Posted on

Review of Return by Minor Road in The School Librarian

I was surprised and pleased to see Return by Minor Road was reviewed in the journal that school librarians refer to when thinking about what books to stock in schools.

One particular comment from the review has stayed with me very strongly:

A salutary classroom experience would be to read this collection alongside the bald facts given in Wikipedia, perfectly illustrating the difference between cold objectivity and what humanity – and artistry – can add: a practical and vivid answer to the question ‘what is poetry for?’

 The School Librarian comes out quarterly and suggests books that might be of interest to different age groups of children.

The reviewer, Frank Startup, comments:

This collection is rooted in the 1996 Dunblane school shootings when the poet was a young member of the community. The three sections explore the grief, desolation, and lasting fear which the shootings unleashed in a variety of poetic forms…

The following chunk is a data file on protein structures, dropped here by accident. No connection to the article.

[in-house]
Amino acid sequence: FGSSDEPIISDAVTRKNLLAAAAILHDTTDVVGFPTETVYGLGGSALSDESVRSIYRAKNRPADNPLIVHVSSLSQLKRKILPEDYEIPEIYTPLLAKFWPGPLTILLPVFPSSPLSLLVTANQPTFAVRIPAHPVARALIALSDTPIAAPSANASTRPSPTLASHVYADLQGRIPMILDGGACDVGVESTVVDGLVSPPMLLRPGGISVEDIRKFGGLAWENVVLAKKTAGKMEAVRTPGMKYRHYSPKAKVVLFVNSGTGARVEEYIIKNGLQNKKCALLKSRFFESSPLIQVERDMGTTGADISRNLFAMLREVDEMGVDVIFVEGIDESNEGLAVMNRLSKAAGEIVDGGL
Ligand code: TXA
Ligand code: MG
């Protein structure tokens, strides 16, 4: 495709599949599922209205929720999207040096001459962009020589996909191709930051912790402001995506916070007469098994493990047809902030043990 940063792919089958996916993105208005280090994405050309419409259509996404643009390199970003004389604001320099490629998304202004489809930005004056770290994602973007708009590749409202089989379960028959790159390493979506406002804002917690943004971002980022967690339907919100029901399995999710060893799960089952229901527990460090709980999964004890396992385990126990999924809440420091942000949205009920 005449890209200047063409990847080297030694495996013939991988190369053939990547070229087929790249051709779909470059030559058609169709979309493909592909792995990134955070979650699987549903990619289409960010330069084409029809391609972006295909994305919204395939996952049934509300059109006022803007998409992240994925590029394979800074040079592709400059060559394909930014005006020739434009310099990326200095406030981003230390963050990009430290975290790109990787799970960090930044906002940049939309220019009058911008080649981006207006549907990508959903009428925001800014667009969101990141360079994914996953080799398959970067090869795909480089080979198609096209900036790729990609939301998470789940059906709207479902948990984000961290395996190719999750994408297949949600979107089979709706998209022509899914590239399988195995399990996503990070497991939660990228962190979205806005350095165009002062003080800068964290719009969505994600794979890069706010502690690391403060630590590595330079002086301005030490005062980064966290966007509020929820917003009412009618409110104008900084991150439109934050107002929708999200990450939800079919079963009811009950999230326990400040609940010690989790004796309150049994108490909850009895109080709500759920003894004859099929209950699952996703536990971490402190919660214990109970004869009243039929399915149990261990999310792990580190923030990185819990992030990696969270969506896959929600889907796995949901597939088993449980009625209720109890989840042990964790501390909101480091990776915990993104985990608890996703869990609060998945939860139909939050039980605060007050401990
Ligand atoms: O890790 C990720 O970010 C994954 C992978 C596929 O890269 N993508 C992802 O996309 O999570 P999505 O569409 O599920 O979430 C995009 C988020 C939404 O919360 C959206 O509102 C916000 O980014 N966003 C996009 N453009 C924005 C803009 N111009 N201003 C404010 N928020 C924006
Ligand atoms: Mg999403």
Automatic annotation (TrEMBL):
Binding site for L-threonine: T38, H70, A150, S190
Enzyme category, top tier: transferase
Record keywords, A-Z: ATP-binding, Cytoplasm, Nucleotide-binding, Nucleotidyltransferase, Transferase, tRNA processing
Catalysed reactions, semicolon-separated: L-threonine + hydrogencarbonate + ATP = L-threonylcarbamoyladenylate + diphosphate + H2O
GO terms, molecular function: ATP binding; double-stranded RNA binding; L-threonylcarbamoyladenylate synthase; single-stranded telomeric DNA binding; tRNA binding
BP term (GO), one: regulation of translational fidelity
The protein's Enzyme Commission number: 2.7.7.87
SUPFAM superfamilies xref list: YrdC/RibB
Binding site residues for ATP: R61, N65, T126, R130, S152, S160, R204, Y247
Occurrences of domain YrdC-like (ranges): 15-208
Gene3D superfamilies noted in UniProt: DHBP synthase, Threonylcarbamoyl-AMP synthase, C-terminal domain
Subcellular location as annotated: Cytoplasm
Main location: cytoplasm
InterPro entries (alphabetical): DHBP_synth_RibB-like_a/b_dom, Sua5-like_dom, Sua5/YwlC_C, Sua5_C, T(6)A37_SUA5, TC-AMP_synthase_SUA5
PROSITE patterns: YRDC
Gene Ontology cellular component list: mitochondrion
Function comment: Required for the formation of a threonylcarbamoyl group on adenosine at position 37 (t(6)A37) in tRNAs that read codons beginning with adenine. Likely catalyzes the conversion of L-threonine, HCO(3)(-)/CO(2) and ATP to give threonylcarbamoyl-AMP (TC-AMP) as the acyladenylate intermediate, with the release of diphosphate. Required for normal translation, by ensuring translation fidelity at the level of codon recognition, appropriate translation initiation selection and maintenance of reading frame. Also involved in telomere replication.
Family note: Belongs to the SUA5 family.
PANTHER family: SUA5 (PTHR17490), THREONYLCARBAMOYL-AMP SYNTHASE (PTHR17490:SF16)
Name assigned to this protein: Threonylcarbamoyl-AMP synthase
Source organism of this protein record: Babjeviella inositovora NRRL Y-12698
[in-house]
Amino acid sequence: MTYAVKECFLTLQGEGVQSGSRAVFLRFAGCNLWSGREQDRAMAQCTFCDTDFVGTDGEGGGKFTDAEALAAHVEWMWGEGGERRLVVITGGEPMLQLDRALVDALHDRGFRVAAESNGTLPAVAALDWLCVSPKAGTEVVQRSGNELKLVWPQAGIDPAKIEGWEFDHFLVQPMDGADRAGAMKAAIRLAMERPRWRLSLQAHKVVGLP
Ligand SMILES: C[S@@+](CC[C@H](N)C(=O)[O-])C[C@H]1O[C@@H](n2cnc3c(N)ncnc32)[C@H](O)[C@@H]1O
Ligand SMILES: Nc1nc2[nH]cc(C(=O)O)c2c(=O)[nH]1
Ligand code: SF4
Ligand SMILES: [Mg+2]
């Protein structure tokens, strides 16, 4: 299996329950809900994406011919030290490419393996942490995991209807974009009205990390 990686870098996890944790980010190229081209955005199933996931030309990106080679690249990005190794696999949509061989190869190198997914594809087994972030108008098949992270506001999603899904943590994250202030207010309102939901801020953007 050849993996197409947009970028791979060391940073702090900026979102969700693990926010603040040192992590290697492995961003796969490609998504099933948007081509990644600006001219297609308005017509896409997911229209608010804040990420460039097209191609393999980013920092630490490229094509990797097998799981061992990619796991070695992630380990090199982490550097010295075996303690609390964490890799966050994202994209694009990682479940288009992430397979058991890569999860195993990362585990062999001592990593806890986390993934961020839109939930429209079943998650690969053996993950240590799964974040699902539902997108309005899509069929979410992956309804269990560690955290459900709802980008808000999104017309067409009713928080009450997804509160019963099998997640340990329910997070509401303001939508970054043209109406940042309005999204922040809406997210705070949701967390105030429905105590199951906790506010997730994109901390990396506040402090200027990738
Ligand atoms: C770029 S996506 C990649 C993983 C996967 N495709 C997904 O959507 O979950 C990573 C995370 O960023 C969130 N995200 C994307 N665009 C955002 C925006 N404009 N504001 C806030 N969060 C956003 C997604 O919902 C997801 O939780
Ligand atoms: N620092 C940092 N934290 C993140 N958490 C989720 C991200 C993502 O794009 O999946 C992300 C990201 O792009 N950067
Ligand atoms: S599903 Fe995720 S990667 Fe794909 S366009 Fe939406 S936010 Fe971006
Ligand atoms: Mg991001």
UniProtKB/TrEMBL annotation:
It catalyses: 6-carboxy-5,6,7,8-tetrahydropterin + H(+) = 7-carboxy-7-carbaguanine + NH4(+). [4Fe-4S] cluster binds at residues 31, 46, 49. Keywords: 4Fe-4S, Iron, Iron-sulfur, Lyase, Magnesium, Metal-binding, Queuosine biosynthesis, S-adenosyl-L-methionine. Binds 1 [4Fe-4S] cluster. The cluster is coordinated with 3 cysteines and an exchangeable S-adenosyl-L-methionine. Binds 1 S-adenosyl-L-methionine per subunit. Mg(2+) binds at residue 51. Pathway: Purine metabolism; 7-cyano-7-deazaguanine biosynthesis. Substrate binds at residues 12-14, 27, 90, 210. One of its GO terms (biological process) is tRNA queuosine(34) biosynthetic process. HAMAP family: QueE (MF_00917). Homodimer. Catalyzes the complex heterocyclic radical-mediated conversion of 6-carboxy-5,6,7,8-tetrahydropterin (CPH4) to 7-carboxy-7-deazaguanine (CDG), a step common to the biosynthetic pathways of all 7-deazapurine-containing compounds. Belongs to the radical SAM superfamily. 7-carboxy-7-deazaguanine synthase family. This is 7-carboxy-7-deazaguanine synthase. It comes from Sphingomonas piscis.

There are evocative prose poems, particularly ‘And’, which uses the conjunction to suggest the extent of the tragedy’s effects on a community… ‘Every day’ shows how a parent, years after the killings, cannot be rid of fear as a child is walked to school, noting tremulously that ‘On World Book Day, even his costume for Young Sherlock comes with a pistol’.

Through it all, however, runs the landscape, rivers and wildlife, a welcome continuity.

A salutary classroom experience would be to read this collection alongside the bald facts given in Wikipedia, perfectly illustrating the difference between cold objectivity and what humanity – and artistry – can add: a practical and vivid answer to the question ‘what is poetry for?’

You can read the full review here